What can be done to enhance the communication between leadership and developers with skills vital to innovation?
It has been revealed that developers lose 41 per cent of the day to monotonous infrastructure upkeep, at the expense of valuable innovation.
The vital role of the developer is extremely demanding, with 58 per cent working over eight hours a day, 32 per cent working at weekends and 23 per cent unable to take full allotted holiday.
A heightened focus on front-end user experience is applying pressure to developers to have to juggle this maintenance work with tedious tasks relating to the implementation of third-party services, also a widespread expectation of today’s services.
This information has been revealed in a report commissioned by MongoDB and undertaken by the online developer community, Stack Overflow, recognised that developers ‘are the new kingmakers’ of enterprise.
“Today every company is starting to realise that, whatever line of business they’re in, they’re really a software company,” said Joel Splosky, CEO, Stack Overflow. “Given that software is created by developers, it’s obvious to see why developers are so important.”
“Every business is turning to software for a competitive edge but these findings show a disconnect still exists between businesses and developers about the best approach,” said Eliot Horowitz, CTO and cofounder at MongoDB. “Developers drive innovation, bring new products to market and keep business agile, but only when they can devote their time to rapid iteration. If the technologies they are provided with are hindering their productivity and creating a large maintenance burden, developers are left coding with one hand behind their back.”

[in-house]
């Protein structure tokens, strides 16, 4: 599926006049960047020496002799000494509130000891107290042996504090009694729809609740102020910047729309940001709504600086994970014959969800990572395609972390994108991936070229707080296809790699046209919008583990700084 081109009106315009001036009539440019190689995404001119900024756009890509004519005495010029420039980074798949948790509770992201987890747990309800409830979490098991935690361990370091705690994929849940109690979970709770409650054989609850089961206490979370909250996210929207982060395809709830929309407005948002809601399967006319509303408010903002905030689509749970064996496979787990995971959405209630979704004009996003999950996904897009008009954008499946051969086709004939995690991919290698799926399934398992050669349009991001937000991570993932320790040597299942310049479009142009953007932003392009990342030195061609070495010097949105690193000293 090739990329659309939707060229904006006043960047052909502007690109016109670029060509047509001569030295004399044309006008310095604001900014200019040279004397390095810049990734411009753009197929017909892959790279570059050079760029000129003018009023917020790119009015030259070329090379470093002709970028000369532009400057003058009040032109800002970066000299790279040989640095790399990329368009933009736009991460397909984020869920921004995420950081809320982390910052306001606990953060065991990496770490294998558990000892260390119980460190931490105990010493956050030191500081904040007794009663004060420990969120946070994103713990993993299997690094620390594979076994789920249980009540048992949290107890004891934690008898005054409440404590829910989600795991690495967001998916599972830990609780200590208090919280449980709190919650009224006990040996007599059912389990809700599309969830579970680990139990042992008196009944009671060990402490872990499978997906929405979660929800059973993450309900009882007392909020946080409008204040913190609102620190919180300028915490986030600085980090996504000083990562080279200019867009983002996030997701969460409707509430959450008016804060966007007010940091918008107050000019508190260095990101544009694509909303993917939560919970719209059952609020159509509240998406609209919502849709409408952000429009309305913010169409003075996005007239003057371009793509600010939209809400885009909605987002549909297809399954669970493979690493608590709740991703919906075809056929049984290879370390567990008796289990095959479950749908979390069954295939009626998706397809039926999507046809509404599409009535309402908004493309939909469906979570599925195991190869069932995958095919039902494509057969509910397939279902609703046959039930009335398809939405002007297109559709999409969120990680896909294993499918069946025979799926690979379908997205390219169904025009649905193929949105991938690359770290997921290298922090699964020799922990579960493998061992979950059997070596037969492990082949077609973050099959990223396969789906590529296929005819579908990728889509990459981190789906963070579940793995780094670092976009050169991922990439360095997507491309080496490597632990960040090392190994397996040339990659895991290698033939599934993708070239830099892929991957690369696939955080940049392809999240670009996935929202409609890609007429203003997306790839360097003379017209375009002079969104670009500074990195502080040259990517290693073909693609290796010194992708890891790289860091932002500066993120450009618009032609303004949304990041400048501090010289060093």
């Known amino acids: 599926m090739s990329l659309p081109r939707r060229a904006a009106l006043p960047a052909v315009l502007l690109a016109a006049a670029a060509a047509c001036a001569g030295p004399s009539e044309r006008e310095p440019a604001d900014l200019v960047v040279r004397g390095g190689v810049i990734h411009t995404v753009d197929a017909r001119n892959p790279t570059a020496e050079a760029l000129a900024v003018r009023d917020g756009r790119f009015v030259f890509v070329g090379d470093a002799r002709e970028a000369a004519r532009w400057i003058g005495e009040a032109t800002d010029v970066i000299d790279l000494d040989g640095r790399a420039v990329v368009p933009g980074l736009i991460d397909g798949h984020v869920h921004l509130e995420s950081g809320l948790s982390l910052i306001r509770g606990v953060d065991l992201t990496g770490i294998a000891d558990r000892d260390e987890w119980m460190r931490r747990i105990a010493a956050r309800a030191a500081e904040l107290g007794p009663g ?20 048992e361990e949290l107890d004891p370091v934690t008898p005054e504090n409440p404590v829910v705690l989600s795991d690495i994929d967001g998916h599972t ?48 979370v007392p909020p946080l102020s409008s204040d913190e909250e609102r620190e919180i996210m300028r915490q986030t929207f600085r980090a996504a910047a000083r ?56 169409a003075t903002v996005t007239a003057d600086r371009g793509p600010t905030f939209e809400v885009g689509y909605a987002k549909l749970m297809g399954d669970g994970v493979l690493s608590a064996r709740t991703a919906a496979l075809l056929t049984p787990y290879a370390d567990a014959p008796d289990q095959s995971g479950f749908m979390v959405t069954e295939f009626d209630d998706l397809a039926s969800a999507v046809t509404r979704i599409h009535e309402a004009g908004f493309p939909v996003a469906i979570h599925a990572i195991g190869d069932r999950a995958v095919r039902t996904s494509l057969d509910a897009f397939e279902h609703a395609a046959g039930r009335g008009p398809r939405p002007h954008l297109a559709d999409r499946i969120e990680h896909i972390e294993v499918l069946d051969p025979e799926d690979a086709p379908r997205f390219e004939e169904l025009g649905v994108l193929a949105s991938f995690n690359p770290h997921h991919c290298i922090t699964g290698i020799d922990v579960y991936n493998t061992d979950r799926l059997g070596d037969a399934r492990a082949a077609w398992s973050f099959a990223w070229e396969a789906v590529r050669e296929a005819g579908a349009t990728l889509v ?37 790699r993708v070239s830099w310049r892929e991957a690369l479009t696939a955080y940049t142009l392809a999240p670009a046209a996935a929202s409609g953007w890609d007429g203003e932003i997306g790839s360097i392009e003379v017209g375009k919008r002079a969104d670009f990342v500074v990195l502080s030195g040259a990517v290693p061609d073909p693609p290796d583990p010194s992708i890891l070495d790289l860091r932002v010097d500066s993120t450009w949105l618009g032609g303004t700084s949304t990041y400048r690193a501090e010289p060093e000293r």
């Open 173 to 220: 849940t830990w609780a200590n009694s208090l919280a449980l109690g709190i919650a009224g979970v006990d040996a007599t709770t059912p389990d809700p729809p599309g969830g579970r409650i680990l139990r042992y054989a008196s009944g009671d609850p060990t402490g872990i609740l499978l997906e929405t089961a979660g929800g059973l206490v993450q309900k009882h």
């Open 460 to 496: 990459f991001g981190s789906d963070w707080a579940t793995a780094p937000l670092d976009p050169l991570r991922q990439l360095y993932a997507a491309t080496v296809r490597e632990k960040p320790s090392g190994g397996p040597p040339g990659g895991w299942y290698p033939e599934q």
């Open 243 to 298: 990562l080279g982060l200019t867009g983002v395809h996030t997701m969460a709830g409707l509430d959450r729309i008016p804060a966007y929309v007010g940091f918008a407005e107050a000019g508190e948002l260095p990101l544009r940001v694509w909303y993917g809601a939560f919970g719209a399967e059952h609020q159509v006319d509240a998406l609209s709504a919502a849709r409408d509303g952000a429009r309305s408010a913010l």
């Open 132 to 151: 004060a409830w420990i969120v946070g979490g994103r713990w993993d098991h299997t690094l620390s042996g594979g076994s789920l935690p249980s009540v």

The feeling that developers play a crucial role in progress rings true in the report, as 68 per cent of respondents agreed that developers are the new kingmakers, trapped by monotonous tasks suffocating their potential for innovation and acceleration.
A substantial 56 per cent of respondents placed the role as the main driver of innovation within organisations, eclipsing the 30 per cent that attributed this position to executive management.